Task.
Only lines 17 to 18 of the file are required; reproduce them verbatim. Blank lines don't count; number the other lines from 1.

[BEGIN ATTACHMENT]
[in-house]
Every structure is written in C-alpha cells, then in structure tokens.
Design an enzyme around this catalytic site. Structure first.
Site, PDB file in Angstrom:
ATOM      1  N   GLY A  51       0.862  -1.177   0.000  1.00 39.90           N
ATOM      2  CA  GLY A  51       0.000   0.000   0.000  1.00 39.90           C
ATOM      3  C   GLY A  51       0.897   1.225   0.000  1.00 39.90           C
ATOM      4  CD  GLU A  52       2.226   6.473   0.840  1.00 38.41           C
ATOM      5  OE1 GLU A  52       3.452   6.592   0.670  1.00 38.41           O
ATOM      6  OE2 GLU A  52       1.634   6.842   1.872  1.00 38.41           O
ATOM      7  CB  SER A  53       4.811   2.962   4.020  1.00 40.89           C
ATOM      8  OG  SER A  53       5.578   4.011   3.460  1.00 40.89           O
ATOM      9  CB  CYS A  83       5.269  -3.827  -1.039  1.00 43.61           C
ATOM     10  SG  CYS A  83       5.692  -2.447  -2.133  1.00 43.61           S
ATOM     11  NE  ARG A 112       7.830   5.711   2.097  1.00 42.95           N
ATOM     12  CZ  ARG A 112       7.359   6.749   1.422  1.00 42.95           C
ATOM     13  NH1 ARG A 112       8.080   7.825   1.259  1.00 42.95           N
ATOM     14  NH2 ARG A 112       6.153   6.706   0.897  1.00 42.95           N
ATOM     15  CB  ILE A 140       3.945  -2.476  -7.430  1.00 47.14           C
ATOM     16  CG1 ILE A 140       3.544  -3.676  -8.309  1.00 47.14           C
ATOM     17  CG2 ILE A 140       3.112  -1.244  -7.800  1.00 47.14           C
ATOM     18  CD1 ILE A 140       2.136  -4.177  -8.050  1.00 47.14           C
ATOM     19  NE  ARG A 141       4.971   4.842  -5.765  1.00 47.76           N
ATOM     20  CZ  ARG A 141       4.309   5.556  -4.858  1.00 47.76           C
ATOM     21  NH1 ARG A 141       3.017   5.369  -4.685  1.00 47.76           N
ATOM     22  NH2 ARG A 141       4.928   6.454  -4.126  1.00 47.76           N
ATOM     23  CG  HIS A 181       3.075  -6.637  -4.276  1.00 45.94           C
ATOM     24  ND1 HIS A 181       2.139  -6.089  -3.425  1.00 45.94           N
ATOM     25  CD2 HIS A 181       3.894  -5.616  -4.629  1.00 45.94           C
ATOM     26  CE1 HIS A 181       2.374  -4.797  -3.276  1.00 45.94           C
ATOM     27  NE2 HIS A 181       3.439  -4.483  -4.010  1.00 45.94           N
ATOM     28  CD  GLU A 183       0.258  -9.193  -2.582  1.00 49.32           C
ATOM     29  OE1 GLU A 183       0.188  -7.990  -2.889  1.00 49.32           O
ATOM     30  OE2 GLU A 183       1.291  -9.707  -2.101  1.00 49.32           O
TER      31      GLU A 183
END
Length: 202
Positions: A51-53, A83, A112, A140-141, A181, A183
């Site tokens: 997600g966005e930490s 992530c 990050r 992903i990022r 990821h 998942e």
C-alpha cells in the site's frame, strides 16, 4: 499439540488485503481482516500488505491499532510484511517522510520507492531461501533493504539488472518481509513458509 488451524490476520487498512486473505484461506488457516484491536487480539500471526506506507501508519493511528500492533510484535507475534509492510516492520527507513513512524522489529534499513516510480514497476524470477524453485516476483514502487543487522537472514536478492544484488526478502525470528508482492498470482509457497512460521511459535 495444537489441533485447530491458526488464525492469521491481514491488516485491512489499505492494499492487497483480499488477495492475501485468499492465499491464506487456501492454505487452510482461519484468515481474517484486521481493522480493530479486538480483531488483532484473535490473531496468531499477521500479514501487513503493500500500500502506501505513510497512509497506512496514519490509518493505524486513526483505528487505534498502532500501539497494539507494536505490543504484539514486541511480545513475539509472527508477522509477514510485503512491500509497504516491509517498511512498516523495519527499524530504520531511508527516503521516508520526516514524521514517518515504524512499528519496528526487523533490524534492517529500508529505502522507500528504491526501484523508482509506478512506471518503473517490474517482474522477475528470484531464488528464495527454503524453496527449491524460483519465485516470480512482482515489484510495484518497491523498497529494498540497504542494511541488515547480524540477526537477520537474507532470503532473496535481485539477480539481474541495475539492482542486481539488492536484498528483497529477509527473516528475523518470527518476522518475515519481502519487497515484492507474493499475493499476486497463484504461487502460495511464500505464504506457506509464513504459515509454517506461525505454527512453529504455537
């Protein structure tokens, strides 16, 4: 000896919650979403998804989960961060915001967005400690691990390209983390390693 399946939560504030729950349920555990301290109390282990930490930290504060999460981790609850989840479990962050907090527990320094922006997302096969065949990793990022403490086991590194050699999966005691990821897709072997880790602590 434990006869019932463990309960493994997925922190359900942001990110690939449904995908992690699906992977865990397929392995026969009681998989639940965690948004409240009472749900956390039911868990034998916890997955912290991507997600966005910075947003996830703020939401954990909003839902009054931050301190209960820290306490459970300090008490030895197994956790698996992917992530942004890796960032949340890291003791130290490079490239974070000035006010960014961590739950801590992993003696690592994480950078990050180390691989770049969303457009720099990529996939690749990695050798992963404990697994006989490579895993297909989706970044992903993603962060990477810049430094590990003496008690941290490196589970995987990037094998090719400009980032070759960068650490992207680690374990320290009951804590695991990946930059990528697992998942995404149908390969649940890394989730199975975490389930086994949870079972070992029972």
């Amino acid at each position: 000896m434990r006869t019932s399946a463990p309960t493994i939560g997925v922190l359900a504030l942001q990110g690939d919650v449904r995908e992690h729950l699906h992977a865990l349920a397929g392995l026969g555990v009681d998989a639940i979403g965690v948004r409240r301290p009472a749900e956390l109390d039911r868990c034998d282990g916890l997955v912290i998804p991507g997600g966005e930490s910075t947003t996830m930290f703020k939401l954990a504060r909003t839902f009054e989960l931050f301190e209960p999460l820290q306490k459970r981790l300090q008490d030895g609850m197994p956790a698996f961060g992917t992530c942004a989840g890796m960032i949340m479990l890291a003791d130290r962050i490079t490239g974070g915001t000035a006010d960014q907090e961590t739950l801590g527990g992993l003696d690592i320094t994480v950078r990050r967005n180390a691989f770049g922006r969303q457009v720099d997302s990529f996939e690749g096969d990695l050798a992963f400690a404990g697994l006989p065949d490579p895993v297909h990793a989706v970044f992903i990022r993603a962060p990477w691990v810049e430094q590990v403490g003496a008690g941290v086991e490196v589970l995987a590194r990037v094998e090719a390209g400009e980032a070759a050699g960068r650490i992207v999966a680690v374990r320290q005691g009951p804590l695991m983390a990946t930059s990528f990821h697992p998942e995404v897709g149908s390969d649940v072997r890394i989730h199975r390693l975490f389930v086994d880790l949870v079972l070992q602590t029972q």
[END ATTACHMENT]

ATOM     13  NH1 ARG A 112       8.080   7.825   1.259  1.00 42.95           N
ATOM     14  NH2 ARG A 112       6.153   6.706   0.897  1.00 42.95           N